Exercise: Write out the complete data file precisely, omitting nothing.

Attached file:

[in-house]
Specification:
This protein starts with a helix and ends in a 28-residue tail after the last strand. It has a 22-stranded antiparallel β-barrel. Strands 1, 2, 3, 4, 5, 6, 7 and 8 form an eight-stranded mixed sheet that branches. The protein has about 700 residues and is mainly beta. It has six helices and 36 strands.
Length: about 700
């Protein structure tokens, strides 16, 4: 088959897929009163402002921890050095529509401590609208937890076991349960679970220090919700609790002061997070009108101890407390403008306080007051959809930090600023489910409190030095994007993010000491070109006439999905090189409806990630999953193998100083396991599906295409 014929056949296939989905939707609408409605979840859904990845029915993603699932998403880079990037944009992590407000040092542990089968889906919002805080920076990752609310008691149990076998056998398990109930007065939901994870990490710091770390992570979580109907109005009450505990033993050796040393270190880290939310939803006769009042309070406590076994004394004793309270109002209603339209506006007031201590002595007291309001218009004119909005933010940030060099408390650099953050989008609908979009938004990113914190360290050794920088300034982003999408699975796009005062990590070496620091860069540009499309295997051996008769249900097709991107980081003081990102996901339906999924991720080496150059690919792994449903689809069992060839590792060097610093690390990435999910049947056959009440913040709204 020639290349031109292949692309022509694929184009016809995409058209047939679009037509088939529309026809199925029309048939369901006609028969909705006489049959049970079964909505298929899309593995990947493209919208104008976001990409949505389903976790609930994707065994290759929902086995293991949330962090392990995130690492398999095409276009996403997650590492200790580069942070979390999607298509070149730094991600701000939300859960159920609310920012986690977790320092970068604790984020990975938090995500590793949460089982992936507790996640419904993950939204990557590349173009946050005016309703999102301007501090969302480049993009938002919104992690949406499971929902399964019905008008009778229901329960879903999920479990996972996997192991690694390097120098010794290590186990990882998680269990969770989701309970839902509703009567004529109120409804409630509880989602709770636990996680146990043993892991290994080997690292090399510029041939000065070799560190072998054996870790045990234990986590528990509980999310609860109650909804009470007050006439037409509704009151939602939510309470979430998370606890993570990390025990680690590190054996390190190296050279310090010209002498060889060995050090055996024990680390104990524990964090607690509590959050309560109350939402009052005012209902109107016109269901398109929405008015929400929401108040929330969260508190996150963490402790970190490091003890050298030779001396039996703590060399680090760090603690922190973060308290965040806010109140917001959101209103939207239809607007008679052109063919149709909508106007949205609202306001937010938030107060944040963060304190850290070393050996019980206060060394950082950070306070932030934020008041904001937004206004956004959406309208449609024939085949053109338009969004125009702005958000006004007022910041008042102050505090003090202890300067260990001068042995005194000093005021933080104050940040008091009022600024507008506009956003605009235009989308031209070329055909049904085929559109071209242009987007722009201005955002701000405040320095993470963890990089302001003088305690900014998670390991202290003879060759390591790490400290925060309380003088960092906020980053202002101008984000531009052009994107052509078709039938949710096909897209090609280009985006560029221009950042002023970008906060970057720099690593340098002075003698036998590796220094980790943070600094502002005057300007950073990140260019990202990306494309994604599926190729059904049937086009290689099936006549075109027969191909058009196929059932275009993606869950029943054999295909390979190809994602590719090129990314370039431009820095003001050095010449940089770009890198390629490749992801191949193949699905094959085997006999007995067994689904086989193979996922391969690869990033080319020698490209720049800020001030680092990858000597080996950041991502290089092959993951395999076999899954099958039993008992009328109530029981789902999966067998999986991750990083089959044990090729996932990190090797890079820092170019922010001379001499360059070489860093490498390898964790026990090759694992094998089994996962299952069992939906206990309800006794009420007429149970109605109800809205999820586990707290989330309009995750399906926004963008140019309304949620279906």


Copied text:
[in-house]
Specification:
This protein starts with a helix and ends in a 28-residue tail after the last strand. It has a 22-stranded antiparallel β-barrel. Strands 1, 2, 3, 4, 5, 6, 7 and 8 form an eight-stranded mixed sheet that branches. The protein has about 700 residues and is mainly beta. It has six helices and 36 strands.
Length: about 700
């Protein structure tokens, strides 16, 4: 088959897929009163402002921890050095529509401590609208937890076991349960679970220090919700609790002061997070009108101890407390403008306080007051959809930090600023489910409190030095994007993010000491070109006439999905090189409806990630999953193998100083396991599906295409 014929056949296939989905939707609408409605979840859904990845029915993603699932998403880079990037944009992590407000040092542990089968889906919002805080920076990752609310008691149990076998056998398990109930007065939901994870990490710091770390992570979580109907109005009450505990033993050796040393270190880290939310939803006769009042309070406590076994004394004793309270109002209603339209506006007031201590002595007291309001218009004119909005933010940030060099408390650099953050989008609908979009938004990113914190360290050794920088300034982003999408699975796009005062990590070496620091860069540009499309295997051996008769249900097709991107980081003081990102996901339906999924991720080496150059690919792994449903689809069992060839590792060097610093690390990435999910049947056959009440913040709204 020639290349031109292949692309022509694929184009016809995409058209047939679009037509088939529309026809199925029309048939369901006609028969909705006489049959049970079964909505298929899309593995990947493209919208104008976001990409949505389903976790609930994707065994290759929902086995293991949330962090392990995130690492398999095409276009996403997650590492200790580069942070979390999607298509070149730094991600701000939300859960159920609310920012986690977790320092970068604790984020990975938090995500590793949460089982992936507790996640419904993950939204990557590349173009946050005016309703999102301007501090969302480049993009938002919104992690949406499971929902399964019905008008009778229901329960879903999920479990996972996997192991690694390097120098010794290590186990990882998680269990969770989701309970839902509703009567004529109120409804409630509880989602709770636990996680146990043993892991290994080997690292090399510029041939000065070799560190072998054996870790045990234990986590528990509980999310609860109650909804009470007050006439037409509704009151939602939510309470979430998370606890993570990390025990680690590190054996390190190296050279310090010209002498060889060995050090055996024990680390104990524990964090607690509590959050309560109350939402009052005012209902109107016109269901398109929405008015929400929401108040929330969260508190996150963490402790970190490091003890050298030779001396039996703590060399680090760090603690922190973060308290965040806010109140917001959101209103939207239809607007008679052109063919149709909508106007949205609202306001937010938030107060944040963060304190850290070393050996019980206060060394950082950070306070932030934020008041904001937004206004956004959406309208449609024939085949053109338009969004125009702005958000006004007022910041008042102050505090003090202890300067260990001068042995005194000093005021933080104050940040008091009022600024507008506009956003605009235009989308031209070329055909049904085929559109071209242009987007722009201005955002701000405040320095993470963890990089302001003088305690900014998670390991202290003879060759390591790490400290925060309380003088960092906020980053202002101008984000531009052009994107052509078709039938949710096909897209090609280009985006560029221009950042002023970008906060970057720099690593340098002075003698036998590796220094980790943070600094502002005057300007950073990140260019990202990306494309994604599926190729059904049937086009290689099936006549075109027969191909058009196929059932275009993606869950029943054999295909390979190809994602590719090129990314370039431009820095003001050095010449940089770009890198390629490749992801191949193949699905094959085997006999007995067994689904086989193979996922391969690869990033080319020698490209720049800020001030680092990858000597080996950041991502290089092959993951395999076999899954099958039993008992009328109530029981789902999966067998999986991750990083089959044990090729996932990190090797890079820092170019922010001379001499360059070489860093490498390898964790026990090759694992094998089994996962299952069992939906206990309800006794009420007429149970109605109800809205999820586990707290989330309009995750399906926004963008140019309304949620279906």